On to film, what was hair and makeup like on the set of "Mildred Pierce"?
Hair and makeup on “Mildred” was first of all, so much fun. When you play a character who ages, although I only age eight or nine years, it spanned over a really significant turning point in terms of fashion in history in the last 100 years. We would have conversations about things like, how many times a week did Mildred wash her hair. Water, certainly hot water, was absolutely limited. And it’s a valid point. Also, women went and got their hair set. That was what they did. I mean, actually, I remember my grandmother doing that and I didn’t grow up then, but those habits kind of stuck with her anyway.
We tried not to have anything be too fussy or overdone. Especially when you’re shooting on film these days, the resolution is so high that you can really see if an actor is wearing a lot of makeup and that type of thing can become too distracting actually.
You've worked with so many amazing people. Whose career do you admire?
Well, I mean, the staple answer to that would be Meryl Streep, but aside from Meryl, I think if I was to talk about actresses of my generation, I really do admire Michelle Williams. I really admire her, admire her choices; I really admire her commitment and dedication. You can see it in her performances. I really admire Kristin Scott Thomas, as well -- she makes a lot of French films and I just think to be able to act in a whole other language is an extraordinary feat. Emma Thompson, obviously, kind of goes without saying.
But also I do feel that I’m part of a very fortunate generation of actresses, I think. That we have been exposed to truly great, extraordinary women. And I’m very aware now of being part of a generation whose responsibility I think it is to be really setting and example to another generation below mine. And even one before that. And I really take that position actually quite seriously, because I think we do live in a world where there’s quite a lot of pressure now. I would really find it hard being as famous as I was so immediately when "Titanic" came out. If that was happening today, I really don’t know how I would cope because there’s so much media exposure and so much scrutiny. I mean, there was back then, but now it’s just a little out of control. So I do feel there’s this responsibility in myself to speak steadfast and true, at least be something that a younger generation can look up to and go, ‘Oh she’s alright,’ and, ‘She hasn’t injected her face with anything,’ and ‘She’s got a normal figure.’ It’s important.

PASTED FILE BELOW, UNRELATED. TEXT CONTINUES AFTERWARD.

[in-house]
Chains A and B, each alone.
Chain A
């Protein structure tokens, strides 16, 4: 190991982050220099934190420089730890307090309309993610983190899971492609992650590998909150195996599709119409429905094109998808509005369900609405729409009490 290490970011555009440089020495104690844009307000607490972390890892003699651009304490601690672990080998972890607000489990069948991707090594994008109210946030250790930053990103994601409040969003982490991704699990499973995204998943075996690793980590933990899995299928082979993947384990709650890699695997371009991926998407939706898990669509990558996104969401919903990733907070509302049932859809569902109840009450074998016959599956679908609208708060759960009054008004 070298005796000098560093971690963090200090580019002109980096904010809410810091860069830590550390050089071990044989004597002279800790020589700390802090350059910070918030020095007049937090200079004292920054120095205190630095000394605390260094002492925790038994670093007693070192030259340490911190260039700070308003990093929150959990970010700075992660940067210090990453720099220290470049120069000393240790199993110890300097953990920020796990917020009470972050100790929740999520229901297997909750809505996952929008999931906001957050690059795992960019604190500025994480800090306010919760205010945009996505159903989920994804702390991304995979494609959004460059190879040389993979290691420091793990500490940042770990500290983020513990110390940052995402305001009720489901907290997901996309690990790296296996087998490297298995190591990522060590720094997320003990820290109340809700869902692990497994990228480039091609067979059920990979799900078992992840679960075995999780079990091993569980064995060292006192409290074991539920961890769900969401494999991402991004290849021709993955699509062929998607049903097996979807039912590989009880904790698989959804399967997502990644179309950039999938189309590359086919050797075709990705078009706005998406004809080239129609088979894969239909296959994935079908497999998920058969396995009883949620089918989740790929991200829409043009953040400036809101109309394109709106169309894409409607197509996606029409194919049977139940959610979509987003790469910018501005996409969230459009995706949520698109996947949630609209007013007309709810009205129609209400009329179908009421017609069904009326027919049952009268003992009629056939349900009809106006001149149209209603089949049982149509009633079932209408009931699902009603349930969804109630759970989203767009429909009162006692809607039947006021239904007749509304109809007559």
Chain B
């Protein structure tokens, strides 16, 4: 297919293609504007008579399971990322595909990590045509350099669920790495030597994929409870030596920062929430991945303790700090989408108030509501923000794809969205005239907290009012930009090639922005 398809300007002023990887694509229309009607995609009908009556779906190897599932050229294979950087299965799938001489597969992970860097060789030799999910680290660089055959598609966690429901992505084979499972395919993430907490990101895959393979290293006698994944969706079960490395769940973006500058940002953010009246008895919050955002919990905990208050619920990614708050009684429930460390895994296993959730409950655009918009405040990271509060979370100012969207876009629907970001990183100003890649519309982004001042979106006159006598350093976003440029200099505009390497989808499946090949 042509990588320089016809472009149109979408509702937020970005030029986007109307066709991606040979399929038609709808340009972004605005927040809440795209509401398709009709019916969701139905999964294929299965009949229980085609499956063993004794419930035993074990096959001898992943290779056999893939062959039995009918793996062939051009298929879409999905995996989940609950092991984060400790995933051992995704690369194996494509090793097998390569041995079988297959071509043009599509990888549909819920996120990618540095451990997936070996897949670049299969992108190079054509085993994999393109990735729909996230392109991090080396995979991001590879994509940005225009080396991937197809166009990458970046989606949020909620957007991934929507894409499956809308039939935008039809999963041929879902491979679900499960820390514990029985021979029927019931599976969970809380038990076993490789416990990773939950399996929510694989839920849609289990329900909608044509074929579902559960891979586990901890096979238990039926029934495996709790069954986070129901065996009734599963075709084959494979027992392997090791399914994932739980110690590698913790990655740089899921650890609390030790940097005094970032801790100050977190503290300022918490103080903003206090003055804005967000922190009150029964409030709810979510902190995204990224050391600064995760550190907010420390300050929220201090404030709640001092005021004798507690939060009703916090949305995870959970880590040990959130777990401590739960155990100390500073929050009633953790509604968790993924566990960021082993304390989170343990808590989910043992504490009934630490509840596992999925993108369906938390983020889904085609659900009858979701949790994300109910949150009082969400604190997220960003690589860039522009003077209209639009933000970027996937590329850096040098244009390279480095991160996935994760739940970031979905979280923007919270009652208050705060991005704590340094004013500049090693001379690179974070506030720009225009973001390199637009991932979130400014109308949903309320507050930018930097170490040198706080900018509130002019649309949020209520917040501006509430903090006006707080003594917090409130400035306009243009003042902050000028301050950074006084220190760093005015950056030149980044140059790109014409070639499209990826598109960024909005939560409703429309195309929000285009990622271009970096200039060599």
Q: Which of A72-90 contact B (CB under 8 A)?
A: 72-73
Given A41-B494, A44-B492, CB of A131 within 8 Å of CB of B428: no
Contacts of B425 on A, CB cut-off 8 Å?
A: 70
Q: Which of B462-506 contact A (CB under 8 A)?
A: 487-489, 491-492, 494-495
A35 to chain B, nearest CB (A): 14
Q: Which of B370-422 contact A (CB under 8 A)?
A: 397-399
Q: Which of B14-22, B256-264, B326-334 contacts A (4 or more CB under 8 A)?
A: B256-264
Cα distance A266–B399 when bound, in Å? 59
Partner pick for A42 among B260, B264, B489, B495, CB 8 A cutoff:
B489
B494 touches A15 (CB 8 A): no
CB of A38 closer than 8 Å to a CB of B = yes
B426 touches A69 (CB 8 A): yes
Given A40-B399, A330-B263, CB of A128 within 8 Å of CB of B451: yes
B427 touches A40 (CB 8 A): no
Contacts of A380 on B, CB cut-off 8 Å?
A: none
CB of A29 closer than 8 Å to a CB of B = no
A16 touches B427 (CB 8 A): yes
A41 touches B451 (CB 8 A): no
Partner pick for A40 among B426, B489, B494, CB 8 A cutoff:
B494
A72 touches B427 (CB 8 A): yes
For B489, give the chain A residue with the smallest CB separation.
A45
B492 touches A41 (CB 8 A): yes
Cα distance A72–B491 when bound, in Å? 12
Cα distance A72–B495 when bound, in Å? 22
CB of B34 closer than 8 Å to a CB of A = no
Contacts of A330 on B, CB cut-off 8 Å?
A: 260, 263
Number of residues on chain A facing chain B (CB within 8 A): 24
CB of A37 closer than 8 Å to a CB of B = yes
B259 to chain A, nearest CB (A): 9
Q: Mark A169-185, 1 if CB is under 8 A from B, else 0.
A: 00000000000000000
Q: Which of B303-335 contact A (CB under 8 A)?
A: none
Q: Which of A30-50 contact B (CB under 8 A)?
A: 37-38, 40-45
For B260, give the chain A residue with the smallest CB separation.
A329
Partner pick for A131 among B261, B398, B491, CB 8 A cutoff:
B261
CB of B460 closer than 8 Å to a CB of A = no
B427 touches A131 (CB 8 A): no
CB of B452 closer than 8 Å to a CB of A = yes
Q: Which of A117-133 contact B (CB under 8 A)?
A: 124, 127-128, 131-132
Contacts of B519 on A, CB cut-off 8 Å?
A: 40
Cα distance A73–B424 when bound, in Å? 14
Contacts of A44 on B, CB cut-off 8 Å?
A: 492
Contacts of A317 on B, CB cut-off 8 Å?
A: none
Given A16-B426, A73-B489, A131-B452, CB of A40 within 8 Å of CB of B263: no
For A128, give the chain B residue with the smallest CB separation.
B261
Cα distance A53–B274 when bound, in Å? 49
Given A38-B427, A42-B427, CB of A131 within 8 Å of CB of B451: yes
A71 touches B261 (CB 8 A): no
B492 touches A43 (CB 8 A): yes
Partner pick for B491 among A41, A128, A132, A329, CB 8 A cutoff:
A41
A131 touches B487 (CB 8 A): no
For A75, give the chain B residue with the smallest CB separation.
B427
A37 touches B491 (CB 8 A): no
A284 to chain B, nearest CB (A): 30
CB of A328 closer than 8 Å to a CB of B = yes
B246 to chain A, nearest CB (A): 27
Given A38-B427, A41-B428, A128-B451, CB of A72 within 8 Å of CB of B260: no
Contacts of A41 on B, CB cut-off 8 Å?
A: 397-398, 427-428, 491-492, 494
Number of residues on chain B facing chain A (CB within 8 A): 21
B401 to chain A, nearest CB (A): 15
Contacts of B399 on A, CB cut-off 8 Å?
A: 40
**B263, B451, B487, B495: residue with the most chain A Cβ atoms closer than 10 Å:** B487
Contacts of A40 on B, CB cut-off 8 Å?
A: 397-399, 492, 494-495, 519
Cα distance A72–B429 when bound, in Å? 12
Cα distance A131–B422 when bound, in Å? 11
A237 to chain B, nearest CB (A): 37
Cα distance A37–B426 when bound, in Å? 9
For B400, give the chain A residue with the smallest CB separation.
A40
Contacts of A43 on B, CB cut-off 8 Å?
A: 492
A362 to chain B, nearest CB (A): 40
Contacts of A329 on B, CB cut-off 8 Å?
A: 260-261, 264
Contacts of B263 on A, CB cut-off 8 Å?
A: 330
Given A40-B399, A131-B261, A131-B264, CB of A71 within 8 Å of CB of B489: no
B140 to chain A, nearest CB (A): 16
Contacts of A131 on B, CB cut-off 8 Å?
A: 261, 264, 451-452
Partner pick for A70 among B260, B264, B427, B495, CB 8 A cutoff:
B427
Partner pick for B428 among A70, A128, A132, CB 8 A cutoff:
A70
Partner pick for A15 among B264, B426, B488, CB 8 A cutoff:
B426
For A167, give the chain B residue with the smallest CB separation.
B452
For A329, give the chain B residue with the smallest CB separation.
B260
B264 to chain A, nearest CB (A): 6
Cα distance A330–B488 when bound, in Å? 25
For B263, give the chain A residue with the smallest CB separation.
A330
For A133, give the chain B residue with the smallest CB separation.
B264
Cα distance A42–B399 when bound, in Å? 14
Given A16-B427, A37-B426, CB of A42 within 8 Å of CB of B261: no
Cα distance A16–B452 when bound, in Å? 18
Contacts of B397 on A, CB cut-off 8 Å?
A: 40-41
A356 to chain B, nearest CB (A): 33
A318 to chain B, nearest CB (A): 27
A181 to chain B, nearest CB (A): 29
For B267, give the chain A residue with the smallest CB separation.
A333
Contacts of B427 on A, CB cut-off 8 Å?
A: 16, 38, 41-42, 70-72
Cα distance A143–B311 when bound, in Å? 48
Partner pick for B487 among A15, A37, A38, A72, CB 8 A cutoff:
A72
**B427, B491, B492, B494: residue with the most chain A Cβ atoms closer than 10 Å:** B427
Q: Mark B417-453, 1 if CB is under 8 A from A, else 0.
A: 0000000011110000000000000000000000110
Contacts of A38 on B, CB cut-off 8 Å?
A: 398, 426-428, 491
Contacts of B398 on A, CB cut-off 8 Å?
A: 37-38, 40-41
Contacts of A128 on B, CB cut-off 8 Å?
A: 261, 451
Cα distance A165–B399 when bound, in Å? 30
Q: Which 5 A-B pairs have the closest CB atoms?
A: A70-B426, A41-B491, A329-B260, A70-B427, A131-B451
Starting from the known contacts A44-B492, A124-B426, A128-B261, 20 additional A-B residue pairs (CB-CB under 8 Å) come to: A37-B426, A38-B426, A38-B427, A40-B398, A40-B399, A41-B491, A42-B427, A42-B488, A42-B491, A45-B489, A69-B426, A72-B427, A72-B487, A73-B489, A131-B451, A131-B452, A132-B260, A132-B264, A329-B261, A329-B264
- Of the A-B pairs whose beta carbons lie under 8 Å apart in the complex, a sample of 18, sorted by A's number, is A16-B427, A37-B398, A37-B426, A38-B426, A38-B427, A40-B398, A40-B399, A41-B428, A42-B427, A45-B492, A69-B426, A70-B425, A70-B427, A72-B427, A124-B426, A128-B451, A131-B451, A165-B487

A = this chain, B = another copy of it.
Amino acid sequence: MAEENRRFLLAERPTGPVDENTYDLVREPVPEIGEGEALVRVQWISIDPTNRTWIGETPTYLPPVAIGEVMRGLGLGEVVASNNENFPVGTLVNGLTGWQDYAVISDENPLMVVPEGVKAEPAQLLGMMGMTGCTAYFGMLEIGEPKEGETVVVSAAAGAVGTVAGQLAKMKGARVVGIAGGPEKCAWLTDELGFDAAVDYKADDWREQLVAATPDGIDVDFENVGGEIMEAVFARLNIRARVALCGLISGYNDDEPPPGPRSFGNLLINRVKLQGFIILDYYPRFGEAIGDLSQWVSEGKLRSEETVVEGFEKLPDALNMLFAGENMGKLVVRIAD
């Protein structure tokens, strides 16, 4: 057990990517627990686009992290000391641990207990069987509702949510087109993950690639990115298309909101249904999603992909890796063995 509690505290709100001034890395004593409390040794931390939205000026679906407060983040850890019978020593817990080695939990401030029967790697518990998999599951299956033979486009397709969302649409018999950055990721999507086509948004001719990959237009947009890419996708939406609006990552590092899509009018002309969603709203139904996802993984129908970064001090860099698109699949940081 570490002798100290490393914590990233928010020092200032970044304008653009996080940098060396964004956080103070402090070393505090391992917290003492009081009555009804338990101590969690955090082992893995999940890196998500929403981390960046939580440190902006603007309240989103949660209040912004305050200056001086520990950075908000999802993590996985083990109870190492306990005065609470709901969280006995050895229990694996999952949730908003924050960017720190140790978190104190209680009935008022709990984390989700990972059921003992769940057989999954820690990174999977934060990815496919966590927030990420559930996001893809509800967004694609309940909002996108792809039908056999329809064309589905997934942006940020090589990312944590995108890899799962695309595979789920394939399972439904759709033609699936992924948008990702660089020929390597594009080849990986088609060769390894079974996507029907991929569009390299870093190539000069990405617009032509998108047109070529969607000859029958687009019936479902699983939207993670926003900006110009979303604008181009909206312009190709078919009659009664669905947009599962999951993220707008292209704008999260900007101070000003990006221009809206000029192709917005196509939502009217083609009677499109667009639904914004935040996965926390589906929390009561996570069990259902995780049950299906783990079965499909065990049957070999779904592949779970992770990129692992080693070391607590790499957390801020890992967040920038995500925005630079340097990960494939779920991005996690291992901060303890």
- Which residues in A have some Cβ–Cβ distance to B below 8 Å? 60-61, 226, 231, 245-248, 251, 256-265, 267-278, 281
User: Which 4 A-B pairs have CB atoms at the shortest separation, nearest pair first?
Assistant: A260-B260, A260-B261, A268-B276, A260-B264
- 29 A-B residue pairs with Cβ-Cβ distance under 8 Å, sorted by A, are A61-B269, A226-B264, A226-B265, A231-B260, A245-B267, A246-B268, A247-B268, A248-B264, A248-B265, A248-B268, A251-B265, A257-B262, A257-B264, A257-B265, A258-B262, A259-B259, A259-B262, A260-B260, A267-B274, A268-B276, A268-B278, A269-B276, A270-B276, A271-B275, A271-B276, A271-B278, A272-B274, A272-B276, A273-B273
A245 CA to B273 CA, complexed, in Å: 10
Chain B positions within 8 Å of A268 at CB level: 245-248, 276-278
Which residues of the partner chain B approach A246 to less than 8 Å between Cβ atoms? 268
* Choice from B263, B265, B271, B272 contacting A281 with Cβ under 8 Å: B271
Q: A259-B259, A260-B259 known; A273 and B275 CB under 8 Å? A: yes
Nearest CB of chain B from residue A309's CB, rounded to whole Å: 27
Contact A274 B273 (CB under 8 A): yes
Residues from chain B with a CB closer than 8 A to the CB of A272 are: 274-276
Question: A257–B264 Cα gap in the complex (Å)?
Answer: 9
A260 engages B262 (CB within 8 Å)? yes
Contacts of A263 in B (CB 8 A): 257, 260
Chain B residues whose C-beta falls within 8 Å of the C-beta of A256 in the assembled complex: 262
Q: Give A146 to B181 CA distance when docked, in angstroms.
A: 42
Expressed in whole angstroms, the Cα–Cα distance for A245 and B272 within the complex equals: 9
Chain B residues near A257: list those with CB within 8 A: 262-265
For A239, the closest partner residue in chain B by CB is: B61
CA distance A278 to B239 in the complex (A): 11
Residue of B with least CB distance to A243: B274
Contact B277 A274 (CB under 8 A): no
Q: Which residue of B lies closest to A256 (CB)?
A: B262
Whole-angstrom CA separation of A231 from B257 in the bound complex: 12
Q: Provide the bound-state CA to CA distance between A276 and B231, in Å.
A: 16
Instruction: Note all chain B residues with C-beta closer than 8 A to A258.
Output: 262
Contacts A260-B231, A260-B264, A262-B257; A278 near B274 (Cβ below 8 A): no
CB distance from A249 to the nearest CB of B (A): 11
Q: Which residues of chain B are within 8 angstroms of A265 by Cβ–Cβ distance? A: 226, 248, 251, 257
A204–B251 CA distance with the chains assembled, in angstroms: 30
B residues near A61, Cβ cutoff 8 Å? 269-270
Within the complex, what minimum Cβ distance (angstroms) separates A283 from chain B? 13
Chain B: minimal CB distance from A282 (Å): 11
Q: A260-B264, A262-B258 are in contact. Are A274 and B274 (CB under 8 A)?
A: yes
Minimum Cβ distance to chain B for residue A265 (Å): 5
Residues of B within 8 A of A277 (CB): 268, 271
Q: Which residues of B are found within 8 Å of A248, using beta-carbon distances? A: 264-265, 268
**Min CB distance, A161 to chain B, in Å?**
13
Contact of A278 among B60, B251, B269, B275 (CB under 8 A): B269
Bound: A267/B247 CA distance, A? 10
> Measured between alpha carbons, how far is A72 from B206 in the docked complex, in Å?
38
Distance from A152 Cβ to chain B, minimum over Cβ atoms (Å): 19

What do you think about "Titanic" being re-released in 3-D?
You know, at the end of the day, it’s weird. It’s really weird because it’s 15 years ago and I don’t know, I feel very disconnected now from actually what was going on in my life at the time and how I felt. A lot of it, it does really feel like a distant memory, so it’s going to be quite strange to have that sort of thrusted into people’s face all over again. I’ve no idea what it’ll be like, the experience, but it’s exciting to think that a whole new generation of young men and women who, perhaps, haven’t seen it, who may have been conceived after the first date night of a couple going to see "Titanic." I mean, God knows. It does mean that a whole new generation of people will be seeing the film and that’s fantastic. That’s wonderful. And also, I’m fascinated to see it in 3-D myself, I still haven’t seen any of it. I know a couple of people who have and they’re like, ‘God, it looks amazing,’ So yeah, we’ll see.